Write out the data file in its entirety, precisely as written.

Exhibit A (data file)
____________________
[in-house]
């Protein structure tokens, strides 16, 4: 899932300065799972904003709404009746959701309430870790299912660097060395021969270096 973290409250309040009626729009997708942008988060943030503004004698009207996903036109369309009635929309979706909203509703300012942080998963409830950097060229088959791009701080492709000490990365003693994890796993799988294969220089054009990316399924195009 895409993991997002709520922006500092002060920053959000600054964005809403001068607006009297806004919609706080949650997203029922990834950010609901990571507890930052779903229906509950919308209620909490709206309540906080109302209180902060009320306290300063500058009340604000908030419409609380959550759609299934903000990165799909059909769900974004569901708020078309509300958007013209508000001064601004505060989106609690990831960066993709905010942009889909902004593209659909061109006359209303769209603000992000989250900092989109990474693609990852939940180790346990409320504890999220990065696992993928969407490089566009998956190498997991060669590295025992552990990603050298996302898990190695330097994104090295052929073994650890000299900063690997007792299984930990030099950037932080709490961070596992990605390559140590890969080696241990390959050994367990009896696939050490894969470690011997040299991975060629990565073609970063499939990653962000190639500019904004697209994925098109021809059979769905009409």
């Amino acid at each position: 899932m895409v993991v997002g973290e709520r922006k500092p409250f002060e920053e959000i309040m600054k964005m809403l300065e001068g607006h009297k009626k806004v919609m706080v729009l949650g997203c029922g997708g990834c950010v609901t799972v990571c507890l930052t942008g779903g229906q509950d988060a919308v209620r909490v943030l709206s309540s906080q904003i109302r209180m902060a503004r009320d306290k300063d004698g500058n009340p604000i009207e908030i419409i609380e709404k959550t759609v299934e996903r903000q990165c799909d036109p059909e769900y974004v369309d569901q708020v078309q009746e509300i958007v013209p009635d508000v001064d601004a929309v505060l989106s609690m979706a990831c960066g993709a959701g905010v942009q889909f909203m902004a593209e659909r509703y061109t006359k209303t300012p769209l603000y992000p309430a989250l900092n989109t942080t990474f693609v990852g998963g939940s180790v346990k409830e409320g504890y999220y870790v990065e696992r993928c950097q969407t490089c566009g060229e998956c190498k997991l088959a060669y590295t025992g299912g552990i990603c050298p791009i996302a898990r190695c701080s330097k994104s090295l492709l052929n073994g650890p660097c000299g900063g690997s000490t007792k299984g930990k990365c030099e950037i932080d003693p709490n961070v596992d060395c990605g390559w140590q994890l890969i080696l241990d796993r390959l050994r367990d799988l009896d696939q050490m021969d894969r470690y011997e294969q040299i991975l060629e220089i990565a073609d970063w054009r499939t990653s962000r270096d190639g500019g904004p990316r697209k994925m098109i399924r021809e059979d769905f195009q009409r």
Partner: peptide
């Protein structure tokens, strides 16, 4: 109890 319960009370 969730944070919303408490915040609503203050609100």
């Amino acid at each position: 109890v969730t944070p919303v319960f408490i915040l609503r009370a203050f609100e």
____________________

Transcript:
[in-house]
């Protein structure tokens, strides 16, 4: 899932300065799972904003709404009746959701309430870790299912660097060395021969270096 973290409250309040009626729009997708942008988060943030503004004698009207996903036109369309009635929309979706909203509703300012942080998963409830950097060229088959791009701080492709000490990365003693994890796993799988294969220089054009990316399924195009 895409993991997002709520922006500092002060920053959000600054964005809403001068607006009297806004919609706080949650997203029922990834950010609901990571507890930052779903229906509950919308209620909490709206309540906080109302209180902060009320306290300063500058009340604000908030419409609380959550759609299934903000990165799909059909769900974004569901708020078309509300958007013209508000001064601004505060989106609690990831960066993709905010942009889909902004593209659909061109006359209303769209603000992000989250900092989109990474693609990852939940180790346990409320504890999220990065696992993928969407490089566009998956190498997991060669590295025992552990990603050298996302898990190695330097994104090295052929073994650890000299900063690997007792299984930990030099950037932080709490961070596992990605390559140590890969080696241990390959050994367990009896696939050490894969470690011997040299991975060629990565073609970063499939990653962000190639500019904004697209994925098109021809059979769905009409």
């Amino acid at each position: 899932m895409v993991v997002g973290e709520r922006k500092p409250f002060e920053e959000i309040m600054k964005m809403l300065e001068g607006h009297k009626k806004v919609m706080v729009l949650g997203c029922g997708g990834c950010v609901t799972v990571c507890l930052t942008g779903g229906q509950d988060a919308v209620r909490v943030l709206s309540s906080q904003i109302r209180m902060a503004r009320d306290k300063d004698g500058n009340p604000i009207e908030i419409i609380e709404k959550t759609v299934e996903r903000q990165c799909d036109p059909e769900y974004v369309d569901q708020v078309q009746e509300i958007v013209p009635d508000v001064d601004a929309v505060l989106s609690m979706a990831c960066g993709a959701g905010v942009q889909f909203m902004a593209e659909r509703y061109t006359k209303t300012p769209l603000y992000p309430a989250l900092n989109t942080t990474f693609v990852g998963g939940s180790v346990k409830e409320g504890y999220y870790v990065e696992r993928c950097q969407t490089c566009g060229e998956c190498k997991l088959a060669y590295t025992g299912g552990i990603c050298p791009i996302a898990r190695c701080s330097k994104s090295l492709l052929n073994g650890p660097c000299g900063g690997s000490t007792k299984g930990k990365c030099e950037i932080d003693p709490n961070v596992d060395c990605g390559w140590q994890l890969i080696l241990d796993r390959l050994r367990d799988l009896d696939q050490m021969d894969r470690y011997e294969q040299i991975l060629e220089i990565a073609d970063w054009r499939t990653s962000r270096d190639g500019g904004p990316r697209k994925m098109i399924r021809e059979d769905f195009q009409r």
Partner: peptide
């Protein structure tokens, strides 16, 4: 109890 319960009370 969730944070919303408490915040609503203050609100």
């Amino acid at each position: 109890v969730t944070p919303v319960f408490i915040l609503r009370a203050f609100e």